I have a growing conviction. God didn’t just call me to pastor a church. He called me to pastor a city. My calling is not just to serve a local body of believers, but to influence a community towards faith in Jesus.
There is a fascinating verse in 1 Samuel 9:6. The servant of Saul says, "Look, in this town there is a man of God; he is highly respected, and everything he says comes true. Let's go there now. Perhaps he will tell us what way to take.” Years ago at a pastors conference I heard a stirring sermon from this verse called, “Is there a man of God in your city?”
God used this sermon to help me see beyond the walls of my church. My ministry is not just to an city address, but to an entire community, whether they ever enter to doors of our church or not.
Many communities are not looking to the church as an agent for hope and change. A 2013 Pew Research Poll shows that only 37% of society has a favorable view of pastors, and 11% say pastors contribute “not very much” or “nothing at all.” Stats like this can either discourage us, or challenge us to have a greater impact.
Being a spiritual influence in my community sounds like a great idea, but in reality, it’s not easy to do. Pastoring a city takes time, consistency, and the intentional building of relationships. Many weeks I find it hard to get away from the busyness of church administraion. It seems to take all my time just to serve my congregation. How can I pastor a city? Here are some things we can consider...
1. Slow down your pace and notice people around you.
I’m asking God to help me see ordinary people around me, and how I can bless them. Just asking someone’s name, saying thank you, or offering a word of kindness makes a huge difference. I now regularly speak to Patricia who cleans the tables at my favorite Mexican restaurant. Because we have consistently served our local police department, several LA police officers will wave and call out my name as they see me outside our church. I address my grocery store clerks by name as I see them weekly. Each person I meet is an opportunity for spiritual influence.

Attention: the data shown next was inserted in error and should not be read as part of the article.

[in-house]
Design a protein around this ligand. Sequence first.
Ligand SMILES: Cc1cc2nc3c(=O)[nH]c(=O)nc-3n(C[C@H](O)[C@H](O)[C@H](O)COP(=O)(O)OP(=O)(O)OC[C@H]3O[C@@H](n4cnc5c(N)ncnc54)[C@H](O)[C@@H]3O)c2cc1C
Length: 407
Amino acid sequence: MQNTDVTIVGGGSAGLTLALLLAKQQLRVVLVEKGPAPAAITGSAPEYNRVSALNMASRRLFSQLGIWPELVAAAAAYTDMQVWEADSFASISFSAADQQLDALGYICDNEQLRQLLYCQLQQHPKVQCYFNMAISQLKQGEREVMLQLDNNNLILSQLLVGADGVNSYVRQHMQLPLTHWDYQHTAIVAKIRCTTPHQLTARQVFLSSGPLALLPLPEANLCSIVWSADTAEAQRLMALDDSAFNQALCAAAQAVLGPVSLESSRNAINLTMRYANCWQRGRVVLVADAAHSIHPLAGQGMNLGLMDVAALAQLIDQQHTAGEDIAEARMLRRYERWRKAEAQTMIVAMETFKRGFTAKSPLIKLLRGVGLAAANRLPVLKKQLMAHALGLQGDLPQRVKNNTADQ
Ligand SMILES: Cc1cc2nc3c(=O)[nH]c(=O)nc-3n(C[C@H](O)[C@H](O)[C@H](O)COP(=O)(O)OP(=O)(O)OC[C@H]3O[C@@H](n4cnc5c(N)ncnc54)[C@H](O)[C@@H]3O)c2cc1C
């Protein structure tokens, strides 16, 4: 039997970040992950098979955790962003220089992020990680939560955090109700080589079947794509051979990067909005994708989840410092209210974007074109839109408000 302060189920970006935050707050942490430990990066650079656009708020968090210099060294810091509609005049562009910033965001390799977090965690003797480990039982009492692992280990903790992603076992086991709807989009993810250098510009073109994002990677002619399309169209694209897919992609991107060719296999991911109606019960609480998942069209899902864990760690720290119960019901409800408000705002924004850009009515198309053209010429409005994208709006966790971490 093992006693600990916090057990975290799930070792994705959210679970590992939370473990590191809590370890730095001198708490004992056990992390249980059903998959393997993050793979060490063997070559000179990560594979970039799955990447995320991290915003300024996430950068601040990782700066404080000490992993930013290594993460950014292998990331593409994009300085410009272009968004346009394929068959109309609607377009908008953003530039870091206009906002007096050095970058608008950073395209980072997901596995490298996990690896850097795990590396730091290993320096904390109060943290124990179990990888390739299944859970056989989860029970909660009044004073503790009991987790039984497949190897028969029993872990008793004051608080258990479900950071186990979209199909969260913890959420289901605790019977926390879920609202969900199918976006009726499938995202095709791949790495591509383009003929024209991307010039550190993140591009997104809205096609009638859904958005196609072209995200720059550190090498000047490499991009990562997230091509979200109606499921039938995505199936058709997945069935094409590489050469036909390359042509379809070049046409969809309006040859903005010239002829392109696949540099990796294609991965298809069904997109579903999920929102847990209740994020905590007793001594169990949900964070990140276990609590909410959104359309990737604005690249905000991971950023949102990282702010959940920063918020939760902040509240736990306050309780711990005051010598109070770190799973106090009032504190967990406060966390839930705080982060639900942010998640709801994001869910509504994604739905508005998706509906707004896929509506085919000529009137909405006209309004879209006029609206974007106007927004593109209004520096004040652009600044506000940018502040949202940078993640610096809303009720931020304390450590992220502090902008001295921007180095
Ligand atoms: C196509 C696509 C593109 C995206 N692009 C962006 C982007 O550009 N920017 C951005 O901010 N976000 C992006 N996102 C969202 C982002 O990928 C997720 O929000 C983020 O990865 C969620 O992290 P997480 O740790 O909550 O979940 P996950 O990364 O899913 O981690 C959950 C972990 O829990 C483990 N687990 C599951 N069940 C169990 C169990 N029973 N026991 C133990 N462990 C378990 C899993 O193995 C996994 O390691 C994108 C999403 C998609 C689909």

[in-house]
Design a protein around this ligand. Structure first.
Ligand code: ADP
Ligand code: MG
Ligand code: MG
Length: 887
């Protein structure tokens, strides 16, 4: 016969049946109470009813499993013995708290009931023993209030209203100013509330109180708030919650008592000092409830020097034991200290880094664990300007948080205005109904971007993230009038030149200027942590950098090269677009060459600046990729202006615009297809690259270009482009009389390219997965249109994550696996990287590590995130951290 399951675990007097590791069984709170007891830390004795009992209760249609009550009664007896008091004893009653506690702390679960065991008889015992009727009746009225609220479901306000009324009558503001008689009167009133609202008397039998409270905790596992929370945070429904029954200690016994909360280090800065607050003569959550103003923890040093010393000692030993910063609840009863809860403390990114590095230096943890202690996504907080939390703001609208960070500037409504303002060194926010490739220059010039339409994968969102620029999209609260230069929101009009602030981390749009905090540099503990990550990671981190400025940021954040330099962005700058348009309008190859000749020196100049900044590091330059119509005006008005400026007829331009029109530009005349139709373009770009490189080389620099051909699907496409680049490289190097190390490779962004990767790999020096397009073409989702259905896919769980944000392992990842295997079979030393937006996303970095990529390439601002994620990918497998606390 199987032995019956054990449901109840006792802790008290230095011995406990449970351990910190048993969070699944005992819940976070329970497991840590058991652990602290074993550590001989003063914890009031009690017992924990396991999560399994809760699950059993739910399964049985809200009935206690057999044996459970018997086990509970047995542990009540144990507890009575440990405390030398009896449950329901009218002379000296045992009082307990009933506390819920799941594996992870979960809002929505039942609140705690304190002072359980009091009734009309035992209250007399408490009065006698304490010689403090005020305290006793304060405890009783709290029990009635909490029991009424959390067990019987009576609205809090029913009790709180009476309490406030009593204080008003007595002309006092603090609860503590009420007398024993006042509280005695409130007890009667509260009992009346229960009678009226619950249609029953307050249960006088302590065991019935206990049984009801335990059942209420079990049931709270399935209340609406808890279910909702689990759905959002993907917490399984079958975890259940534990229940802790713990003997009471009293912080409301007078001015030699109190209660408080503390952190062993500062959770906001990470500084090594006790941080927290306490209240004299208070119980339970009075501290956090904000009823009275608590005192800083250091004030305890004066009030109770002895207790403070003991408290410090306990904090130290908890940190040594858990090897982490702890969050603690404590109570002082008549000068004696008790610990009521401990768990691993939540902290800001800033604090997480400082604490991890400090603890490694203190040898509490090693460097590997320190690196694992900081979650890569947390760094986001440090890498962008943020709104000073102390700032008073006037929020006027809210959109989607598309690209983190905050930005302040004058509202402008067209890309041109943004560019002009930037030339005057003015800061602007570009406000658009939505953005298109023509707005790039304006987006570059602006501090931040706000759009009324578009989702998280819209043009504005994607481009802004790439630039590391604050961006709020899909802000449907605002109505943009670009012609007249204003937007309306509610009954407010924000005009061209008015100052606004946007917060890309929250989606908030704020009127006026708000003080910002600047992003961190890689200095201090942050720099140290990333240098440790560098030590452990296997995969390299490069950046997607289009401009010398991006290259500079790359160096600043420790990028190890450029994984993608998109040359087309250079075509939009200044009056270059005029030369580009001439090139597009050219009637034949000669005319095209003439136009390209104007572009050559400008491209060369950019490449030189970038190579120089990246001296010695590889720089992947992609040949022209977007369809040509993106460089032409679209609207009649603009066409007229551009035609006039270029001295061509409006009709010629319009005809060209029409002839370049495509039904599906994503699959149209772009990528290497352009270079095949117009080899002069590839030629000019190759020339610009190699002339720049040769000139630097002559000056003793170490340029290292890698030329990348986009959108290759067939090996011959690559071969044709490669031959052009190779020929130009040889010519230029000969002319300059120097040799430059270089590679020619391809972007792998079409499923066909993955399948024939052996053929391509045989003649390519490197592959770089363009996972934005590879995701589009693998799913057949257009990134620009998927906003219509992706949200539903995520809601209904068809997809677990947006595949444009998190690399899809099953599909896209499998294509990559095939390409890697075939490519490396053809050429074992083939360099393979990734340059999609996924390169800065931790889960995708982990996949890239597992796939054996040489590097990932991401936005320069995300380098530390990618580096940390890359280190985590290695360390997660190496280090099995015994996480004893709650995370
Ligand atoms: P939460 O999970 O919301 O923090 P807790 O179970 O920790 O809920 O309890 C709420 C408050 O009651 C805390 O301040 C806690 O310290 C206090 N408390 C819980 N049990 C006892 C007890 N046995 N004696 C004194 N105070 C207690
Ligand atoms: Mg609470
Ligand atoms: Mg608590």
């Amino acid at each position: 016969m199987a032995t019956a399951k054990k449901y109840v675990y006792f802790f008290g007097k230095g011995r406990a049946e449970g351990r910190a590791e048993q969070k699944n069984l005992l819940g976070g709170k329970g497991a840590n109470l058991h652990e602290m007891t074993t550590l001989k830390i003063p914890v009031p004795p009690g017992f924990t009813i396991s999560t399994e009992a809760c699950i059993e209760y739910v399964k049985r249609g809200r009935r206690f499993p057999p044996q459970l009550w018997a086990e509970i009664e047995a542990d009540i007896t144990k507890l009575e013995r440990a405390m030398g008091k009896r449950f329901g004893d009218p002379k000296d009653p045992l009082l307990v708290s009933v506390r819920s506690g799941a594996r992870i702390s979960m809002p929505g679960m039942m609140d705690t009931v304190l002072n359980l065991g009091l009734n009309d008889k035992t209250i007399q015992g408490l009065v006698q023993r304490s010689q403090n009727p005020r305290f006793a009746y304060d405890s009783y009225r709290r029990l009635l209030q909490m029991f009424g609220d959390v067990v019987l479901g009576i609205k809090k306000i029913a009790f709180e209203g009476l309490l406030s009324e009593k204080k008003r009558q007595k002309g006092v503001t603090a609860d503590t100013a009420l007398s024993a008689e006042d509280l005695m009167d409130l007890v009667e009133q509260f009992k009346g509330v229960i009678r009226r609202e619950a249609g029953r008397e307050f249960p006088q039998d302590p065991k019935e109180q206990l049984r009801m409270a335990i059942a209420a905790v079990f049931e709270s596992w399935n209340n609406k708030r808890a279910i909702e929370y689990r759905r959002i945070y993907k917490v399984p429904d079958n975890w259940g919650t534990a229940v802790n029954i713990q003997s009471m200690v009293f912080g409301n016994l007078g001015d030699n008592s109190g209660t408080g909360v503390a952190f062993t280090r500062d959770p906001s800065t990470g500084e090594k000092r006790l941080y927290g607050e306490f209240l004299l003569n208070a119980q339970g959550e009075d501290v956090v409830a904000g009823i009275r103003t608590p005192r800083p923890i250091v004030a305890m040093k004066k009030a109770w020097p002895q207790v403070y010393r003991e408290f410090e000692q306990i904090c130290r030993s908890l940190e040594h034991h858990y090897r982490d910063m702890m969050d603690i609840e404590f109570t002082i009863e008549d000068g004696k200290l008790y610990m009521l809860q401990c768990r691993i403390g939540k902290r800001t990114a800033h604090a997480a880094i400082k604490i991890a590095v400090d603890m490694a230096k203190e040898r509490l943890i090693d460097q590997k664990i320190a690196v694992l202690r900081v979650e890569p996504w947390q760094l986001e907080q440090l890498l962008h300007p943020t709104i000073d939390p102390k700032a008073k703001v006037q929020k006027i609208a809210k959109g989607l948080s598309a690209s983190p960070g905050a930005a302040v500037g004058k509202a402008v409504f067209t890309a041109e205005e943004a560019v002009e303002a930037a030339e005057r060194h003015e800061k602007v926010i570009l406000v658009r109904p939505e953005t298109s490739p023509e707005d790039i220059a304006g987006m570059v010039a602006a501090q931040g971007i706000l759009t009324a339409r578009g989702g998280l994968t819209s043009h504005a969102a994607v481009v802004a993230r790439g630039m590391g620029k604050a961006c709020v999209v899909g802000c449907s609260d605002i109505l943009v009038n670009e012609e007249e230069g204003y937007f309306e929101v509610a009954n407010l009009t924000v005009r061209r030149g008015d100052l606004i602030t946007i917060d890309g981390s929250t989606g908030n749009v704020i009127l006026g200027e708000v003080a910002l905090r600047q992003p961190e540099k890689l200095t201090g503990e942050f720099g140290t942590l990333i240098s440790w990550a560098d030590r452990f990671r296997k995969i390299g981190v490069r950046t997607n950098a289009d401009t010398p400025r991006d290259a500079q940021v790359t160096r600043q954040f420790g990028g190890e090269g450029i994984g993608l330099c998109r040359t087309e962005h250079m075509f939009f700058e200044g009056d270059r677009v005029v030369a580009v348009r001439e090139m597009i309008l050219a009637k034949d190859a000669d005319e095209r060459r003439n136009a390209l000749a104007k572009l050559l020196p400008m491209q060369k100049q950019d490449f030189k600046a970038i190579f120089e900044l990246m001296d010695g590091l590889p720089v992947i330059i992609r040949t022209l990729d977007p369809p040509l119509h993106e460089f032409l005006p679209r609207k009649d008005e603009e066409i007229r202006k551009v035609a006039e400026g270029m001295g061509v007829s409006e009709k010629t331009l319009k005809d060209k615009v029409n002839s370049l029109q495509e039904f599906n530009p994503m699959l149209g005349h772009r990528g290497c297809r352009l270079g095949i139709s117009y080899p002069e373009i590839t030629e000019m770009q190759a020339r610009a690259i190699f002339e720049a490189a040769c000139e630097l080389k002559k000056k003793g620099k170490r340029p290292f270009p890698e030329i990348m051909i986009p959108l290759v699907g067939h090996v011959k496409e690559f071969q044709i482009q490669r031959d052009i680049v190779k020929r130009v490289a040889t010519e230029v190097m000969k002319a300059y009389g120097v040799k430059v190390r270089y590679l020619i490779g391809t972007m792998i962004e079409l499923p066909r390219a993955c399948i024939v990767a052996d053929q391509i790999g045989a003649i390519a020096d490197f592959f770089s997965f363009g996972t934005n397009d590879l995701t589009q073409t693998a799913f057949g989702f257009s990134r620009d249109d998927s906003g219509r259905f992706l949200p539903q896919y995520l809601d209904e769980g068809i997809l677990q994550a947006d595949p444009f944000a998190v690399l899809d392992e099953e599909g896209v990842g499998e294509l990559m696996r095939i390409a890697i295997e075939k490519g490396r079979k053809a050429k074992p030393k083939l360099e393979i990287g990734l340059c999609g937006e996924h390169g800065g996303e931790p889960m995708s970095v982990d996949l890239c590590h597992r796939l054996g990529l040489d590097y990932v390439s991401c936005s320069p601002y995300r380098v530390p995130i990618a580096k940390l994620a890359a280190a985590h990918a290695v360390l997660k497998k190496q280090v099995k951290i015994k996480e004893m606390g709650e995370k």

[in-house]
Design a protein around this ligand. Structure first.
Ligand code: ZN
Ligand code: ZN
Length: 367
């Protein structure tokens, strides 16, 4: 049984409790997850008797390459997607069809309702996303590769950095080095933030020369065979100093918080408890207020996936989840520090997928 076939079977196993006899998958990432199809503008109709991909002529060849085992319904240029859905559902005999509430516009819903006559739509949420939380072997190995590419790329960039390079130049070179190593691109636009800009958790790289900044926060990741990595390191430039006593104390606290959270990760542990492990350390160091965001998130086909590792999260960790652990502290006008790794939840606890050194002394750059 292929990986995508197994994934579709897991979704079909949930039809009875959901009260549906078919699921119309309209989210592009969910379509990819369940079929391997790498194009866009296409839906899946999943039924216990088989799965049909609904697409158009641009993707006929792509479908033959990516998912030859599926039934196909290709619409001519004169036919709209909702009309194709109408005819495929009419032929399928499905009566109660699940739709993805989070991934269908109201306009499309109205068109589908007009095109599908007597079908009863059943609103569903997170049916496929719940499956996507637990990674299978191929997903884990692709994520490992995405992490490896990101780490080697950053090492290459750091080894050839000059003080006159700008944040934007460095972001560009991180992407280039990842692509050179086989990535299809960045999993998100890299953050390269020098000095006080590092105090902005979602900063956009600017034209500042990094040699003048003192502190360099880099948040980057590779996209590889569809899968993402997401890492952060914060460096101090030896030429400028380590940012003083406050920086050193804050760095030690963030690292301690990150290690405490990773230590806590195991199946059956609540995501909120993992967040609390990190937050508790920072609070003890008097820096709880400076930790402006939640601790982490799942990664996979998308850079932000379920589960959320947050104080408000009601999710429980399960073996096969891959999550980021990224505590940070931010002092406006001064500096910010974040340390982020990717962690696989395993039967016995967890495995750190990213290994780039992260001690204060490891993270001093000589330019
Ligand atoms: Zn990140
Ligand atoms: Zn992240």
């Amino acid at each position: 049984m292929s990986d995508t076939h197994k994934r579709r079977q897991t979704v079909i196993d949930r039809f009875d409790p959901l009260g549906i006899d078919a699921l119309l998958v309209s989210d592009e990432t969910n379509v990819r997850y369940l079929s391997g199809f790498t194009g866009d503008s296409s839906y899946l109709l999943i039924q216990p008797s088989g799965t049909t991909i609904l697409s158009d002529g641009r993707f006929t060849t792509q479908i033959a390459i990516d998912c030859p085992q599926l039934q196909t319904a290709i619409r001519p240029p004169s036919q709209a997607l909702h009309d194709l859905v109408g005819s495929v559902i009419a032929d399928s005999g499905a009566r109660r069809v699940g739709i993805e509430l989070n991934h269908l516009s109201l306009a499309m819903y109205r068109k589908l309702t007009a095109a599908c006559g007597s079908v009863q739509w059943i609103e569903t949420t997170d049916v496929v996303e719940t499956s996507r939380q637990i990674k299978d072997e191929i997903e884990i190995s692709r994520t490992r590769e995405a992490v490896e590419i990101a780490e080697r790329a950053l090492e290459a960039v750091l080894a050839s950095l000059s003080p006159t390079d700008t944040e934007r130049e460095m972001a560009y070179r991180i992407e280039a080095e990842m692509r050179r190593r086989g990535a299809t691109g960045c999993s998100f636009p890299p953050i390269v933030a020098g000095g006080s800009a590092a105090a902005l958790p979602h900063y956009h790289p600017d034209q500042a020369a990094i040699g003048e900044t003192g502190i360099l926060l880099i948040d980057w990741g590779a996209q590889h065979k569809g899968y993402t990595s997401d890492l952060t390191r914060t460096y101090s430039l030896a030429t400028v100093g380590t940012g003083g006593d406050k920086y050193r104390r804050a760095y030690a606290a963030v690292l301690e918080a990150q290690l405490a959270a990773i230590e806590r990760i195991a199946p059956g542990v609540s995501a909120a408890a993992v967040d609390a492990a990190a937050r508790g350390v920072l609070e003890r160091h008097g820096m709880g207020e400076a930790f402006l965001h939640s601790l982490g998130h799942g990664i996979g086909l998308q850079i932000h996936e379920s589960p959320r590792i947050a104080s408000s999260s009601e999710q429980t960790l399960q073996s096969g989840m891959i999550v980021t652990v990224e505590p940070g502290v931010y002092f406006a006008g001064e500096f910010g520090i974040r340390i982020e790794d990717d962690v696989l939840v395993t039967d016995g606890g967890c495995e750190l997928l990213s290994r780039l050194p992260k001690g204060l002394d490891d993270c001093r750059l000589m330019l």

I have a tendency to be a quick paced, task-oriented person, but slowing down has helped me engage with more people.
2. Build relationships with the influencers in your community.
I have been encouraged by the writing of Pastor Brian Jones and author Keith Farrazi to identify and build relationships with key leaders in my community. Consider having lunch or coffee with these influencers. At a minimum go to their office to introduce yourself, exchange business cards, and let them know you are available to serve the community.
As you meet with community leaders you have the opportunity to..
Consider meeting and starting a relationship with…
3. Discover two or three significant community needs God can use your congregation to meet.
As you learn the needs of your community from these key leaders, you’ll come across a need that matches the skills and gifting of your congregation. Our congregation is currently considering how we can make a difference in these three areas:
4. Take advantage of existing community events and organizations where you can add influence.
Most communities have annual events and are desperate for volunteers. Perhaps your church can lead a key aspect of the event. Look for community organizations that would allow you to add value and build relationships.
5. Make a long-term commitment.
Our communities are used to seeing pastors come and go. Don’t be offended if at first they are not too excited about your offer to help. As you faithfully and consistently serve your community your influence for Christ will grow.
I’m convinced our communities need us more than ever before. There is a vacuum of spiritual leadership in our cities, and as pastors God wants to use us to meet the need.
Continue the conversation: What is your church doing to impact your local community?
Hi! I'm Loren Hicks. I am follower of Jesus, a husband, a father, a friend, and for the past
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